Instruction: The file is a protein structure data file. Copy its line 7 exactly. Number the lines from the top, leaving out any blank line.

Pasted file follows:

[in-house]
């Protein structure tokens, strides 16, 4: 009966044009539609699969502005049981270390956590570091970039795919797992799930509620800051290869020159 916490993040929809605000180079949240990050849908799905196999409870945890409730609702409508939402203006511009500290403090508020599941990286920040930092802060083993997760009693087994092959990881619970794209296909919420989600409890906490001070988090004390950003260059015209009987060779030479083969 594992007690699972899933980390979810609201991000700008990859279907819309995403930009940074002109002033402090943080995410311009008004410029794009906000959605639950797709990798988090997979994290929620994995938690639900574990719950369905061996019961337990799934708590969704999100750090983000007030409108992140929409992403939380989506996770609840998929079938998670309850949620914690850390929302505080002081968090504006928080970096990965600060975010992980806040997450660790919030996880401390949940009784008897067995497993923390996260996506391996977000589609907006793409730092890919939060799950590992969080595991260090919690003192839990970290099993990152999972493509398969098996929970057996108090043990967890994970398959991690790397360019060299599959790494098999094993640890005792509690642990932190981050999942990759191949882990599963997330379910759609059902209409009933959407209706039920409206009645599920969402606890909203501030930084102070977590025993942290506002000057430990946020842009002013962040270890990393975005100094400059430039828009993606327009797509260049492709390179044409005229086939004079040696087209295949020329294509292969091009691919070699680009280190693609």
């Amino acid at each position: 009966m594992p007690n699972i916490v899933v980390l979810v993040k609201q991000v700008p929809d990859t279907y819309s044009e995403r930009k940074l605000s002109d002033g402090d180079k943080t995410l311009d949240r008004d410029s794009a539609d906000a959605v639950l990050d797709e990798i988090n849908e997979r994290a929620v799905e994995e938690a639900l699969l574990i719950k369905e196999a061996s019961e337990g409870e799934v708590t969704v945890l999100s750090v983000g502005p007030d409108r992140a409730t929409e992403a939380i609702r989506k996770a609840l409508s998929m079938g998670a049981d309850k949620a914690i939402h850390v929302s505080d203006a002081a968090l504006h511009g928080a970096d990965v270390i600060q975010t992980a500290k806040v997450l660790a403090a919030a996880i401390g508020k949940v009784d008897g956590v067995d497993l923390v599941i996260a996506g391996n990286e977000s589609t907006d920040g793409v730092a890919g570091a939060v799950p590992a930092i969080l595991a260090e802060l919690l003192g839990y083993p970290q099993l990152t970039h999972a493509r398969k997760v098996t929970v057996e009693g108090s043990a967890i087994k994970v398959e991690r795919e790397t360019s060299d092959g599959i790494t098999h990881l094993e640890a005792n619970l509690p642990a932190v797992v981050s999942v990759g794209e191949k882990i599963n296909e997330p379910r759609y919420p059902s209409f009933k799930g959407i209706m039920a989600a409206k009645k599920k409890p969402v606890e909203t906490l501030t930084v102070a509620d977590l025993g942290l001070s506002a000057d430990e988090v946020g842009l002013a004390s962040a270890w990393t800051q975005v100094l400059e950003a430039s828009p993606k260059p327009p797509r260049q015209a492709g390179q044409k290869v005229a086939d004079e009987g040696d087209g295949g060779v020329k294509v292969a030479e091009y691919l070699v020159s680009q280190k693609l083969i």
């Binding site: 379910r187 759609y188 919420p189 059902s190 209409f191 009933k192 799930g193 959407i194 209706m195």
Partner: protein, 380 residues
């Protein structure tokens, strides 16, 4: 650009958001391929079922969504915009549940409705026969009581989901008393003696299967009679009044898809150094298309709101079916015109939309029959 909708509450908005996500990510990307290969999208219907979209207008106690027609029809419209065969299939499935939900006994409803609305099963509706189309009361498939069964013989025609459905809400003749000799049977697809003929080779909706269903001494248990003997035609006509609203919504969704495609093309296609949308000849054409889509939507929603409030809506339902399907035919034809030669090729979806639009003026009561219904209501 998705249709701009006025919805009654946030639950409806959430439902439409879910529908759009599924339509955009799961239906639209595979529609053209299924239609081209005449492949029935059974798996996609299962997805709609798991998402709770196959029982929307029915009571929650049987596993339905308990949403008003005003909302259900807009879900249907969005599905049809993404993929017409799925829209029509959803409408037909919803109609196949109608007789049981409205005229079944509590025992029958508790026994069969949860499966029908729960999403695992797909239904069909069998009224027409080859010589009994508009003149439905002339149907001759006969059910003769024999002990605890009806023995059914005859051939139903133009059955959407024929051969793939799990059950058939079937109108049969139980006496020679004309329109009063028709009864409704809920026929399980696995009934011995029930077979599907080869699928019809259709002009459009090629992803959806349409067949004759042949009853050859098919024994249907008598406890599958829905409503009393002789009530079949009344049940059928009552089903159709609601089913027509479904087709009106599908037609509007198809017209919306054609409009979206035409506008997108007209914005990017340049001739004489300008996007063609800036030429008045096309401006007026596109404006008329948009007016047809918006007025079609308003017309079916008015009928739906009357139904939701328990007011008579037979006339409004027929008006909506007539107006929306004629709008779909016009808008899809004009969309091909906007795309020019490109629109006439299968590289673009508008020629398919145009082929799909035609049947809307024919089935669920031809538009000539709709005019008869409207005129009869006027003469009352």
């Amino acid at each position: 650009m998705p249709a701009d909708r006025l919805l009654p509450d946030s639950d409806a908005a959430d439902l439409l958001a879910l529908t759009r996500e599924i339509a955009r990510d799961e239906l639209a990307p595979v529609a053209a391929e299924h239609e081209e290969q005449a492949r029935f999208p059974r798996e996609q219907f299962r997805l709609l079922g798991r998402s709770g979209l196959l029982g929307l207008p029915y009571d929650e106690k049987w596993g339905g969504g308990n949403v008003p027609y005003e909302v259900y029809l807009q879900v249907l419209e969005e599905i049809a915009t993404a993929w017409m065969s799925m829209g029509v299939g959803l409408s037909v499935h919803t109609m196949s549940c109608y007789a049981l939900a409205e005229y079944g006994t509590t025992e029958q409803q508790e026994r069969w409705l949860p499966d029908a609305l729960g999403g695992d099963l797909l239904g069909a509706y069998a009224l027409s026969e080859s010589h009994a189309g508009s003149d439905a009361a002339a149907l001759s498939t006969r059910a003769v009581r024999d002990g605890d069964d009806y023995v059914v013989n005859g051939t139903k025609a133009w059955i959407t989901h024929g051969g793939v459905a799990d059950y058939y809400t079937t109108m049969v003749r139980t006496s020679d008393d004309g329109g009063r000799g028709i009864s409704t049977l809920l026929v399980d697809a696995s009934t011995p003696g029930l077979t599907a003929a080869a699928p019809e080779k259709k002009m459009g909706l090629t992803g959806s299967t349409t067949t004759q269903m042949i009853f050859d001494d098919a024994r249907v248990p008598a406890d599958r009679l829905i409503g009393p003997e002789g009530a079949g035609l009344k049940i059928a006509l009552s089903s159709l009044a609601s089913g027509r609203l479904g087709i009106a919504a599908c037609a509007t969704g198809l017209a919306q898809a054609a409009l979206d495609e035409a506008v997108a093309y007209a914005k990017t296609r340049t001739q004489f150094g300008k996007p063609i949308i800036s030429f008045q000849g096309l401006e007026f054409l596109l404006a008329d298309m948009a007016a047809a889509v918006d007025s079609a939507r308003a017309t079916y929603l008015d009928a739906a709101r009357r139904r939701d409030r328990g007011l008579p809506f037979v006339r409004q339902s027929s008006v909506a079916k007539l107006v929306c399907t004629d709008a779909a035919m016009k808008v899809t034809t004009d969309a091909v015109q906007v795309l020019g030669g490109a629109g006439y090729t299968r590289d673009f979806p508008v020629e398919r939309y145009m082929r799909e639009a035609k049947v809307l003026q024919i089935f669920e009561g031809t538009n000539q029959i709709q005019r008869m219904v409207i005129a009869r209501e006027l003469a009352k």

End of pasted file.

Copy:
């Amino acid at each position: 650009m998705p249709a701009d909708r006025l919805l009654p509450d946030s639950d409806a908005a959430d439902l439409l958001a879910l529908t759009r996500e599924i339509a955009r990510d799961e239906l639209a990307p595979v529609a053209a391929e299924h239609e081209e290969q005449a492949r029935f999208p059974r798996e996609q219907f299962r997805l709609l079922g798991r998402s709770g979209l196959l029982g929307l207008p029915y009571d929650e106690k049987w596993g339905g969504g308990n949403v008003p027609y005003e909302v259900y029809l807009q879900v249907l419209e969005e599905i049809a915009t993404a993929w017409m065969s799925m829209g029509v299939g959803l409408s037909v499935h919803t109609m196949s549940c109608y007789a049981l939900a409205e005229y079944g006994t509590t025992e029958q409803q508790e026994r069969w409705l949860p499966d029908a609305l729960g999403g695992d099963l797909l239904g069909a509706y069998a009224l027409s026969e080859s010589h009994a189309g508009s003149d439905a009361a002339a149907l001759s498939t006969r059910a003769v009581r024999d002990g605890d069964d009806y023995v059914v013989n005859g051939t139903k025609a133009w059955i959407t989901h024929g051969g793939v459905a799990d059950y058939y809400t079937t109108m049969v003749r139980t006496s020679d008393d004309g329109g009063r000799g028709i009864s409704t049977l809920l026929v399980d697809a696995s009934t011995p003696g029930l077979t599907a003929a080869a699928p019809e080779k259709k002009m459009g909706l090629t992803g959806s299967t349409t067949t004759q269903m042949i009853f050859d001494d098919a024994r249907v248990p008598a406890d599958r009679l829905i409503g009393p003997e002789g009530a079949g035609l009344k049940i059928a006509l009552s089903s159709l009044a609601s089913g027509r609203l479904g087709i009106a919504a599908c037609a509007t969704g198809l017209a919306q898809a054609a409009l979206d495609e035409a506008v997108a093309y007209a914005k990017t296609r340049t001739q004489f150094g300008k996007p063609i949308i800036s030429f008045q000849g096309l401006e007026f054409l596109l404006a008329d298309m948009a007016a047809a889509v918006d007025s079609a939507r308003a017309t079916y929603l008015d009928a739906a709101r009357r139904r939701d409030r328990g007011l008579p809506f037979v006339r409004q339902s027929s008006v909506a079916k007539l107006v929306c399907t004629d709008a779909a035919m016009k808008v899809t034809t004009d969309a091909v015109q906007v795309l020019g030669g490109a629109g006439y090729t299968r590289d673009f979806p508008v020629e398919r939309y145009m082929r799909e639009a035609k049947v809307l003026q024919i089935f669920e009561g031809t538009n000539q029959i709709q005019r008869m219904v409207i005129a009869r209501e006027l003469a009352k």